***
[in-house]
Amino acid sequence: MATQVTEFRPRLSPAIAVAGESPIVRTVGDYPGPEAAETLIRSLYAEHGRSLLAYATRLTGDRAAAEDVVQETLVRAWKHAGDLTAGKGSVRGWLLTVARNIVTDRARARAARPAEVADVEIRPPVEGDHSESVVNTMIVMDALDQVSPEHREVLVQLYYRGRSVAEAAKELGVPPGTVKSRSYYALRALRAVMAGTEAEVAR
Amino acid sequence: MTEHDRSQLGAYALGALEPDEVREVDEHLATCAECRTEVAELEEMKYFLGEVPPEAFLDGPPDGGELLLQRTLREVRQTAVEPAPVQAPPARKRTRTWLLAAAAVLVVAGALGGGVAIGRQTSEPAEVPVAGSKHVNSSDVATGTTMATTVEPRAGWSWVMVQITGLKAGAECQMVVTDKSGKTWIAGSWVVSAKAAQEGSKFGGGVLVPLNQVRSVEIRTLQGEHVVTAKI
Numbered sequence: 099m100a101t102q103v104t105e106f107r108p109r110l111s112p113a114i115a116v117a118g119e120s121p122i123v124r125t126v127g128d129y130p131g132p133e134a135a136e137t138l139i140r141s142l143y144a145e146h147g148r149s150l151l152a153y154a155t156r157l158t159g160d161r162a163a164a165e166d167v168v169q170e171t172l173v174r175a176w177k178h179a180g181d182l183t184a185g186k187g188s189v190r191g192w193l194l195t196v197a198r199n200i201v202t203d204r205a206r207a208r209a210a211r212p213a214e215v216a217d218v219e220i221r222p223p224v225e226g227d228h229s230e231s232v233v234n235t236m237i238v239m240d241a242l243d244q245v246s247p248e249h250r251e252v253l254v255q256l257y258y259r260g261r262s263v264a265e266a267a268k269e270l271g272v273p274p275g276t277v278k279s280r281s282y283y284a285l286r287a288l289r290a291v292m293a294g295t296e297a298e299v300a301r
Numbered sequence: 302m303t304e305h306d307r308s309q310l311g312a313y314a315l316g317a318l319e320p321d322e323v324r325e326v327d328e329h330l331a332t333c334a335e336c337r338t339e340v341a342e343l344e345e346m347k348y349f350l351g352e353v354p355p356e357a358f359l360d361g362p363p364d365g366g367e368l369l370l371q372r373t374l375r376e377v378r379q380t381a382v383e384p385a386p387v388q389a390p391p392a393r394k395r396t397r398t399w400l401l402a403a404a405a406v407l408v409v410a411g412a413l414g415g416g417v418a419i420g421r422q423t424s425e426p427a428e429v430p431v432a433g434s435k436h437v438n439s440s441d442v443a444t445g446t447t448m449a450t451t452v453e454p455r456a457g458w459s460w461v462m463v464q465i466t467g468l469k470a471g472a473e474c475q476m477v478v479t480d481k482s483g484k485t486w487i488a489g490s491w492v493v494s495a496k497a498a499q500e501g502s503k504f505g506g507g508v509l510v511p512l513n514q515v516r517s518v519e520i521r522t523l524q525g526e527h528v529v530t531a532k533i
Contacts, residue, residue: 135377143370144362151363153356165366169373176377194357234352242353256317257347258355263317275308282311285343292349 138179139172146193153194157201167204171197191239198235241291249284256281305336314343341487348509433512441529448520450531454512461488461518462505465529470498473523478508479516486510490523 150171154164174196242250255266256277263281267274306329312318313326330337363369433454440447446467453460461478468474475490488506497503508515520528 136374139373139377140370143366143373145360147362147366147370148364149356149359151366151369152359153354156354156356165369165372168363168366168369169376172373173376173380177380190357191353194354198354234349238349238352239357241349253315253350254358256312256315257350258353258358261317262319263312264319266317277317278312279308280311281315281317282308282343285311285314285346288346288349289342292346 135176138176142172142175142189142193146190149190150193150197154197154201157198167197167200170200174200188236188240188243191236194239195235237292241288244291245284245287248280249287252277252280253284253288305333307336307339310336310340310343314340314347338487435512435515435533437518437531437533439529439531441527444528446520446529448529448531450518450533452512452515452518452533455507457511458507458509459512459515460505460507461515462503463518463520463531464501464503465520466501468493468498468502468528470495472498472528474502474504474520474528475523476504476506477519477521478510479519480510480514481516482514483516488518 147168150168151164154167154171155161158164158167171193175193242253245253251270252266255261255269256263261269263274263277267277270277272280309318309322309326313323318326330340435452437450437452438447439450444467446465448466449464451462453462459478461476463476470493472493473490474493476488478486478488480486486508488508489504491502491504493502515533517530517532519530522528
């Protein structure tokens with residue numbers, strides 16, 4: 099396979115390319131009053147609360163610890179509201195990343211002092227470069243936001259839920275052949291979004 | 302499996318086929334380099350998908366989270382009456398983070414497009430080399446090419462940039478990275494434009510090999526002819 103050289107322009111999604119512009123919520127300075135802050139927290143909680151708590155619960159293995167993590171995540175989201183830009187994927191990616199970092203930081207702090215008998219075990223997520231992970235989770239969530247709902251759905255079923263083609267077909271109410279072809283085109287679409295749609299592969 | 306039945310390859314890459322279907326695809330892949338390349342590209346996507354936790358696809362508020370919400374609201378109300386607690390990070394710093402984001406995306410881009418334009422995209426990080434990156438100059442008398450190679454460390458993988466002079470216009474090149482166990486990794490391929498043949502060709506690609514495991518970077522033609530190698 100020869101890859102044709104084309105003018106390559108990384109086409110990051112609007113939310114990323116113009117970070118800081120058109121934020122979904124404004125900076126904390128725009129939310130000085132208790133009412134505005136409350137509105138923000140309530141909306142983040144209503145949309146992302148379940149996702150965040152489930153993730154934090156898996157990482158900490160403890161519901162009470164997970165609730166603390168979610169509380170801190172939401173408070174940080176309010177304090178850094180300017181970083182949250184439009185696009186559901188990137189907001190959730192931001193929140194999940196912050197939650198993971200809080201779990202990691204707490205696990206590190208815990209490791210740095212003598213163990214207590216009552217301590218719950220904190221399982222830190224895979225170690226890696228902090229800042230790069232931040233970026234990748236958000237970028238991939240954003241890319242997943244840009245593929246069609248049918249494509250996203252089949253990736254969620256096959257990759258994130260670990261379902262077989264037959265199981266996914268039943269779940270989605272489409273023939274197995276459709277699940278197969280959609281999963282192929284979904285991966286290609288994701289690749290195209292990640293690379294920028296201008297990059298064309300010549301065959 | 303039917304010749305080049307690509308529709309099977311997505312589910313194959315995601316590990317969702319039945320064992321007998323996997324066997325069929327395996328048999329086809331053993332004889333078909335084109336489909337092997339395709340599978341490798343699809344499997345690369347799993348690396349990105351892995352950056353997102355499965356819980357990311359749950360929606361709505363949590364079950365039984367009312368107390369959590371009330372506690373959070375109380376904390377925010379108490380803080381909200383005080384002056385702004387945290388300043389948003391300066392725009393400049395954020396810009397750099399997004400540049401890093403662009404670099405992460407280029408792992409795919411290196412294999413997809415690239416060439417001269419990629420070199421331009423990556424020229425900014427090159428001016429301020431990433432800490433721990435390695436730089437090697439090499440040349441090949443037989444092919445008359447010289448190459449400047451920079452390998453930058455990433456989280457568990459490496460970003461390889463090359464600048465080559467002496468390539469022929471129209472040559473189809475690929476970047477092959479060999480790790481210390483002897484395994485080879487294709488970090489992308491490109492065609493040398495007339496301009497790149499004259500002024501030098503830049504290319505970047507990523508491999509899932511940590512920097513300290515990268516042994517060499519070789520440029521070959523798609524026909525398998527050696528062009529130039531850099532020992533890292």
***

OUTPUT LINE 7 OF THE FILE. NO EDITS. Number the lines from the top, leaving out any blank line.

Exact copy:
């Protein structure tokens with residue numbers, strides 16, 4: 099396979115390319131009053147609360163610890179509201195990343211002092227470069243936001259839920275052949291979004 | 302499996318086929334380099350998908366989270382009456398983070414497009430080399446090419462940039478990275494434009510090999526002819 103050289107322009111999604119512009123919520127300075135802050139927290143909680151708590155619960159293995167993590171995540175989201183830009187994927191990616199970092203930081207702090215008998219075990223997520231992970235989770239969530247709902251759905255079923263083609267077909271109410279072809283085109287679409295749609299592969 | 306039945310390859314890459322279907326695809330892949338390349342590209346996507354936790358696809362508020370919400374609201378109300386607690390990070394710093402984001406995306410881009418334009422995209426990080434990156438100059442008398450190679454460390458993988466002079470216009474090149482166990486990794490391929498043949502060709506690609514495991518970077522033609530190698 100020869101890859102044709104084309105003018106390559108990384109086409110990051112609007113939310114990323116113009117970070118800081120058109121934020122979904124404004125900076126904390128725009129939310130000085132208790133009412134505005136409350137509105138923000140309530141909306142983040144209503145949309146992302148379940149996702150965040152489930153993730154934090156898996157990482158900490160403890161519901162009470164997970165609730166603390168979610169509380170801190172939401173408070174940080176309010177304090178850094180300017181970083182949250184439009185696009186559901188990137189907001190959730192931001193929140194999940196912050197939650198993971200809080201779990202990691204707490205696990206590190208815990209490791210740095212003598213163990214207590216009552217301590218719950220904190221399982222830190224895979225170690226890696228902090229800042230790069232931040233970026234990748236958000237970028238991939240954003241890319242997943244840009245593929246069609248049918249494509250996203252089949253990736254969620256096959257990759258994130260670990261379902262077989264037959265199981266996914268039943269779940270989605272489409273023939274197995276459709277699940278197969280959609281999963282192929284979904285991966286290609288994701289690749290195209292990640293690379294920028296201008297990059298064309300010549301065959 | 303039917304010749305080049307690509308529709309099977311997505312589910313194959315995601316590990317969702319039945320064992321007998323996997324066997325069929327395996328048999329086809331053993332004889333078909335084109336489909337092997339395709340599978341490798343699809344499997345690369347799993348690396349990105351892995352950056353997102355499965356819980357990311359749950360929606361709505363949590364079950365039984367009312368107390369959590371009330372506690373959070375109380376904390377925010379108490380803080381909200383005080384002056385702004387945290388300043389948003391300066392725009393400049395954020396810009397750099399997004400540049401890093403662009404670099405992460407280029408792992409795919411290196412294999413997809415690239416060439417001269419990629420070199421331009423990556424020229425900014427090159428001016429301020431990433432800490433721990435390695436730089437090697439090499440040349441090949443037989444092919445008359447010289448190459449400047451920079452390998453930058455990433456989280457568990459490496460970003461390889463090359464600048465080559467002496468390539469022929471129209472040559473189809475690929476970047477092959479060999480790790481210390483002897484395994485080879487294709488970090489992308491490109492065609493040398495007339496301009497790149499004259500002024501030098503830049504290319505970047507990523508491999509899932511940590512920097513300290515990268516042994517060499519070789520440029521070959523798609524026909525398998527050696528062009529130039531850099532020992533890292």